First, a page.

Creating a New York Limited Liability Company (LLC) can be a challenge. This post explains step by step how to form an LLC under New York law. It is meant to assist those who want to form a New York LLC without a lawyer, accountant or online document preparation company, and provides the basic legal forms to do so.
While getting the appropriate legal support from a lawyer is always recommended, having a lawyer, accountant or online company help you form a NY LLC is not always necessary. Online companies essentially charge a few hundred dollars to help you fill out a form with your own input, plus a few hundred more for filing fees. Lawyers charge somewhat more, but are able to give legal advice and craft your New York LLC documents to your specific needs. However, cash is often tight for an entrepreneur embarking on a new enterprise, and some choose to go with an online company to save on cost. We understand and want to provide you the basic tools to form a NY LLC as cheaply as possible — by doing it yourself!
The fees listed in this post are the amounts charged by the New York Department of State on 29 February 2016 for forming a New York Limited Liability Company. Please check the New York Department of State, Division of Corporation’s website for the most recent fee schedule.
The following steps are required to form a New York LLC:
- Choosing a Name,
- Filing Articles of Organization,
- Publishing Notice of Formation,
- Filing Certificate of Publication, and
- Execution of Operating Agreement.
Choosing a Name for your NY LLC
Before creating a New York LLC, you need to decide on a name for your company. The name needs to contain the words “Limited Liability Company,” or the abbreviations “LLC” or “L.L.C.” It also needs to be distinctive enough to differentiate it from other Companies formed or registered in New York.
There are a few words and phrases that cannot be used as part of the name of a NY LLC, including “corporation,” “partnership,” “chamber of commerce,” and “state police.” To use words such as “bank,” “exchange,” “blind” or “institute,” or similar or related words, the respective permissions of the superintendent of financial services, attorney general, department of social services, or the commissioner of education must be obtained. Section 204 of the New York Limited Liability Company Law contains a full list of prohibited and restricted terms.
Once you’ve decided on a name for your LLC, you’ll need to check to see if the name has already been used. The quickest way to do so is to use New York’s Corporation and Business Entity Database. But be aware that it is not updated every day. The Department of State charges $5 for a current name search, but running one is usually not practical.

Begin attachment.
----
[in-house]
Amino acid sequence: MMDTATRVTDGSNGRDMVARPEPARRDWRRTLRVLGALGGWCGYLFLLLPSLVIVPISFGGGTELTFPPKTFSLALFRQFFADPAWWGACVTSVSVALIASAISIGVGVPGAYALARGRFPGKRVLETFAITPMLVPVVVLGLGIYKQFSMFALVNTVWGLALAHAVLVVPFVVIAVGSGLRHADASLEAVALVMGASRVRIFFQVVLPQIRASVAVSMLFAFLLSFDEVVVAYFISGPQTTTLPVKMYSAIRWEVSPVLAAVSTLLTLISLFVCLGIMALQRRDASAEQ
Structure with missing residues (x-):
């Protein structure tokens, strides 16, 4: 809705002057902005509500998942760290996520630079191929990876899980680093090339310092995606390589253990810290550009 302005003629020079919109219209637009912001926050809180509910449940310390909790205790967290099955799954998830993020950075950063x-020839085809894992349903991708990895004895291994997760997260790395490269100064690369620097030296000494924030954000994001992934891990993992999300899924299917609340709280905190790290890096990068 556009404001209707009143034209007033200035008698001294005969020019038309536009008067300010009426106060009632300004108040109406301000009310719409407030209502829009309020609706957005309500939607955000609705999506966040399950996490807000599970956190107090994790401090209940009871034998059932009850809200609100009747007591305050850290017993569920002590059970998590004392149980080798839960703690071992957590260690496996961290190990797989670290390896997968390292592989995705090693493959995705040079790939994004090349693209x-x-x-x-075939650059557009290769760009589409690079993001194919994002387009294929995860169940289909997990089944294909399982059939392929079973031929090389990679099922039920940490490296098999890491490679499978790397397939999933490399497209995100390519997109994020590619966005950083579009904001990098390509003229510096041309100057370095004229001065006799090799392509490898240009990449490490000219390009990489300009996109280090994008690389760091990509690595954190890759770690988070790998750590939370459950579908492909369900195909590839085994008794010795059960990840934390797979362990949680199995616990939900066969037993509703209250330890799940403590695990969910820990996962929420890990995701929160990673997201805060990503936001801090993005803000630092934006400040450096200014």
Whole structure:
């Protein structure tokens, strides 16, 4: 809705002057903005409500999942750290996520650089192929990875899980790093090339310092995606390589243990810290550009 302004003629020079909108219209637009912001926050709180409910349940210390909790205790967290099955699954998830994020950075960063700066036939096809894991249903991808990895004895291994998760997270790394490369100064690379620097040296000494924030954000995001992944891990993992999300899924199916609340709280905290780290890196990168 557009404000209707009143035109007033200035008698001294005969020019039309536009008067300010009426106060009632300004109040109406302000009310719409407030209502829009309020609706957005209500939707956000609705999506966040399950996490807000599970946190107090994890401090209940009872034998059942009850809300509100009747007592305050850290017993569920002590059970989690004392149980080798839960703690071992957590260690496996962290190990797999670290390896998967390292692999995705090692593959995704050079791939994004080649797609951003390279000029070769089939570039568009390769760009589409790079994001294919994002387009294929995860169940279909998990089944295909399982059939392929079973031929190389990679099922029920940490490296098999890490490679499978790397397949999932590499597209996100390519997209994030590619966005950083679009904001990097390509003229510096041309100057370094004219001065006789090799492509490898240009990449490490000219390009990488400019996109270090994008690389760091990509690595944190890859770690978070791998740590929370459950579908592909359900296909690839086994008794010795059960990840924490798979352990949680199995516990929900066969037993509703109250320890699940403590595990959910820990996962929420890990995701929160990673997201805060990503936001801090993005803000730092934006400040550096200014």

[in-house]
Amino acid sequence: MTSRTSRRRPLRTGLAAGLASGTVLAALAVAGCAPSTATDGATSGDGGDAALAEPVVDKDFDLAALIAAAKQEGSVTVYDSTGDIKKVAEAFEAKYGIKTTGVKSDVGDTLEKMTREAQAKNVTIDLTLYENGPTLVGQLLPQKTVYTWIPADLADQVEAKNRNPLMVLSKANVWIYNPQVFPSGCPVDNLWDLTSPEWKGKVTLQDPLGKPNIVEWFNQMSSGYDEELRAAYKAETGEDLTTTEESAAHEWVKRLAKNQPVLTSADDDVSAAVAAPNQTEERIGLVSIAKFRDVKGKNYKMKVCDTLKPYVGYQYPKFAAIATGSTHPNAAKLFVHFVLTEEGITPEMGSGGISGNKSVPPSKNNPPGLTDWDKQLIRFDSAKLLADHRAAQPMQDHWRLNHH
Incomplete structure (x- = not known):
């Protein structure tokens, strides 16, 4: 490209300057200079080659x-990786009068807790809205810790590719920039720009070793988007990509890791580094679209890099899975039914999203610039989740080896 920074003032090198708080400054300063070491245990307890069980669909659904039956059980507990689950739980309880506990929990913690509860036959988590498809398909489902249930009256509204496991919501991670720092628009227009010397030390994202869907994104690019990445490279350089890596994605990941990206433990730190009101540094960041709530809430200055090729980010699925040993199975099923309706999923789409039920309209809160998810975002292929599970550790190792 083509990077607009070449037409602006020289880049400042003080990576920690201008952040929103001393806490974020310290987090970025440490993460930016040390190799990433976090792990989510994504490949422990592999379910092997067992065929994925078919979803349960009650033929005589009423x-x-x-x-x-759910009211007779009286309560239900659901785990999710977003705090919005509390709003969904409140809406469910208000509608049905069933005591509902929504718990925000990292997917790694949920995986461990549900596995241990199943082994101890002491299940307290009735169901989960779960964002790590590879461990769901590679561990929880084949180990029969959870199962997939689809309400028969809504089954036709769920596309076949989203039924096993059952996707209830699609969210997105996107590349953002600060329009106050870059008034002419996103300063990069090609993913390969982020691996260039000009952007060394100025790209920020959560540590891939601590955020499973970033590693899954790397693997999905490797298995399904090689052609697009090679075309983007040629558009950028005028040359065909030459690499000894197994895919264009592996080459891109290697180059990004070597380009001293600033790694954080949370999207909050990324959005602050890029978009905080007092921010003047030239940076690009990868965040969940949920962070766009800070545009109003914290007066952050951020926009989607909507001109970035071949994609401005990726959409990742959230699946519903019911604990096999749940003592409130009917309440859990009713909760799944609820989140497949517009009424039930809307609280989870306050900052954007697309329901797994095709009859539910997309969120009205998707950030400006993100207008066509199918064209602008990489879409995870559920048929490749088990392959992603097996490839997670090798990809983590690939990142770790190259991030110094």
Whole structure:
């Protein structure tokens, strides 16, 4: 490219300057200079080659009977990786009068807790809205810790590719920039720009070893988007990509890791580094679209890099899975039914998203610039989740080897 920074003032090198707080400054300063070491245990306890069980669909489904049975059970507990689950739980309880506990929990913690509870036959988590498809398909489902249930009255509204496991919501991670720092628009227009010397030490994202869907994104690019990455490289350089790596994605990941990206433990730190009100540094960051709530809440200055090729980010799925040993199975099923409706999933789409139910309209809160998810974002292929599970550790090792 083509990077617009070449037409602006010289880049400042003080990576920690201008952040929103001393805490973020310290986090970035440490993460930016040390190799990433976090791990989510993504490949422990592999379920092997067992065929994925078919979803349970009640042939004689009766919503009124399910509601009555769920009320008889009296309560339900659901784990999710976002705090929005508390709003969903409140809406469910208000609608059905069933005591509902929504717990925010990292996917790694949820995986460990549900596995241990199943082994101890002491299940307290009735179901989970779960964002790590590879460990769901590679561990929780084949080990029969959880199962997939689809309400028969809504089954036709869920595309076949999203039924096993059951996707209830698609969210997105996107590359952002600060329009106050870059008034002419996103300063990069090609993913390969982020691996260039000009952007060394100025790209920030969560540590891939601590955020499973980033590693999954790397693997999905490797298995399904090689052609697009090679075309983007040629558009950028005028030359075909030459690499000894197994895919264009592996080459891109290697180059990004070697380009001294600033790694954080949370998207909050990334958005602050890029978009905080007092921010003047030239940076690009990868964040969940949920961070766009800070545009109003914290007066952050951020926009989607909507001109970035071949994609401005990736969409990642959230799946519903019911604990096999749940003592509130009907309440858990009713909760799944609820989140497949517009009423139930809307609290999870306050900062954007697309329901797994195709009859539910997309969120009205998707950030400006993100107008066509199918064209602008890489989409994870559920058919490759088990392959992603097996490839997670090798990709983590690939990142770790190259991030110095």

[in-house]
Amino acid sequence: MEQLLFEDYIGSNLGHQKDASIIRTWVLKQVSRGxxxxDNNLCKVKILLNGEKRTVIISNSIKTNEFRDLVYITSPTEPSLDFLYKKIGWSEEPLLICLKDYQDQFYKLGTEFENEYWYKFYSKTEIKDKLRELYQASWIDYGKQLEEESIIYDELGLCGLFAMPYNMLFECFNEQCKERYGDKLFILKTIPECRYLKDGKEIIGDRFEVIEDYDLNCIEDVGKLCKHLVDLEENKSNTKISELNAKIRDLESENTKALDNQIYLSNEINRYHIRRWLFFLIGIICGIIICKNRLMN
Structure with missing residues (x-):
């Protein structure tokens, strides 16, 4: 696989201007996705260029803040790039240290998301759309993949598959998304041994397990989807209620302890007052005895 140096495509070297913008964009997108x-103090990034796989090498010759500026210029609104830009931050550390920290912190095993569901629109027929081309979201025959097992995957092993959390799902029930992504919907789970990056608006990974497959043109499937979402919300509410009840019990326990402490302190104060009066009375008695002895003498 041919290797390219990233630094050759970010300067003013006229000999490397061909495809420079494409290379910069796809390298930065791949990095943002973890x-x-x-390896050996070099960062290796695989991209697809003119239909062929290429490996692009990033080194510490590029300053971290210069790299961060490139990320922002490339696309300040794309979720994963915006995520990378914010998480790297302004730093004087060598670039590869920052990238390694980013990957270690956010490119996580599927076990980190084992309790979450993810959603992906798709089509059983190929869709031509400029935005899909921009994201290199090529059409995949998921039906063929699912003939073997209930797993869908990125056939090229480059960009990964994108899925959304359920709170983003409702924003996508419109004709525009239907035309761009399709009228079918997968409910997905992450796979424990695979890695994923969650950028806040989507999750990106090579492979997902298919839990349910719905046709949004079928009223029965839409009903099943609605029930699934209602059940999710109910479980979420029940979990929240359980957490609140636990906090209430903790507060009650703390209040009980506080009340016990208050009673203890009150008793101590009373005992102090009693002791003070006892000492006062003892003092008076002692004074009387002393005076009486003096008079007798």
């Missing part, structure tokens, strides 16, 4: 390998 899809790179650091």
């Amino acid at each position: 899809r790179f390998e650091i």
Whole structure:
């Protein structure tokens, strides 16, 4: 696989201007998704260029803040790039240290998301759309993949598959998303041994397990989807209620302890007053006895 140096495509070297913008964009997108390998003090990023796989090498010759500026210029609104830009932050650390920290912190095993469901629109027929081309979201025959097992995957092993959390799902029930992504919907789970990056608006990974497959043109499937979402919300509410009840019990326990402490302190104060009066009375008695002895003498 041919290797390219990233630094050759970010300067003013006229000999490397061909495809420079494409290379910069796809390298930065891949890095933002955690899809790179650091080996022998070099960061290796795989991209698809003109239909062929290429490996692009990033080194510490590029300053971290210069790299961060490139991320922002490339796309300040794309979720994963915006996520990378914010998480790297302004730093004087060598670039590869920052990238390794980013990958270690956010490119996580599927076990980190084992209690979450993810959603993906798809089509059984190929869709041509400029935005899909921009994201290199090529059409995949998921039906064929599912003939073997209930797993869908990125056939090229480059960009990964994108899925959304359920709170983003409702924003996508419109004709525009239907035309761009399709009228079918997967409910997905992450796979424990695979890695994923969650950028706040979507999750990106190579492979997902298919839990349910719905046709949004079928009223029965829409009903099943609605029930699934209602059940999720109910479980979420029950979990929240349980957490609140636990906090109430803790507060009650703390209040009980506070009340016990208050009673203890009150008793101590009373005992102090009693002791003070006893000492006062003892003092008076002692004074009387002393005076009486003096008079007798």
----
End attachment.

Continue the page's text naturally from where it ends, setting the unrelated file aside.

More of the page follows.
If there is a concern that the name you want will be taken before the Articles of Organization is filed, you can request the Department of State to reserve the name for 60 days for $20 by filing an Application for Reservation of Name.
Cost: $0, $20 with reservation of name.
Filing the Articles of Organization
Once you’ve decided on a name, the next step is to prepare and file the Articles of Organization for your New York LLC. When it comes to forming an LLC, I’m a traditionalist and like to do things by paper. However, you can prepare and file the Articles of Organization using the New York Department of State’s online form. The directions below are for paper filers like me.
A free New York Limited Liability Company Articles of Organization form is available on the firm’s resources page. Direct links are also provided here for your convenience: pdf docx. The New York Department of State’s website also provides a free form.
Be aware that the forms on the websites of the firm and the Department of State do not contain all the optional provisions that are available. I’ll touch on a few (not all) of the optional provisions available below.
One of the most important optional provisions concerns who the managers of the LLC will be: members or managers (managers are similar to directors of a corporation). This is a provision that must be specified in the Articles of Organization (and not the NY LLC Operating Agreement). If management by managers is not specified in the Operating Agreement, under the default provision of New York law, members will manage the LLC. The only way to change this is to amend the Articles of Organization.
A registered agent is not required in New York, since in New York the Secretary of State must be designated as agent for service of process. However, if having a registered agent is desirable, the name and address of the registered agent should be specified in the Articles of Organization.
The Articles of Organization is essentially your LLC’s birth certificate, and your LLC will be formed on the date the Articles of Organization is filed. However, some people like to provide a different formation date (which must be within 60 days of filing) for legal reasons (such as contract) or cultural reasons (such as superstition). I grew up in an Asian community, and while a lawyer, I’m still very much attuned to practices such as choosing an “auspicious date” for the birth of a company.
The Articles of Organization needs to be submitted with a cover sheet (included in the forms above) which basically lets the Department of State know who to send the filing receipt to. When complete, mail the Articles of Organization and cover sheet, along with a $200 check made payable to the “Department of State” to Department of State, Division of Corporations, One Commerce Plaza, 99 Washington Avenue, Albany, NY 12231.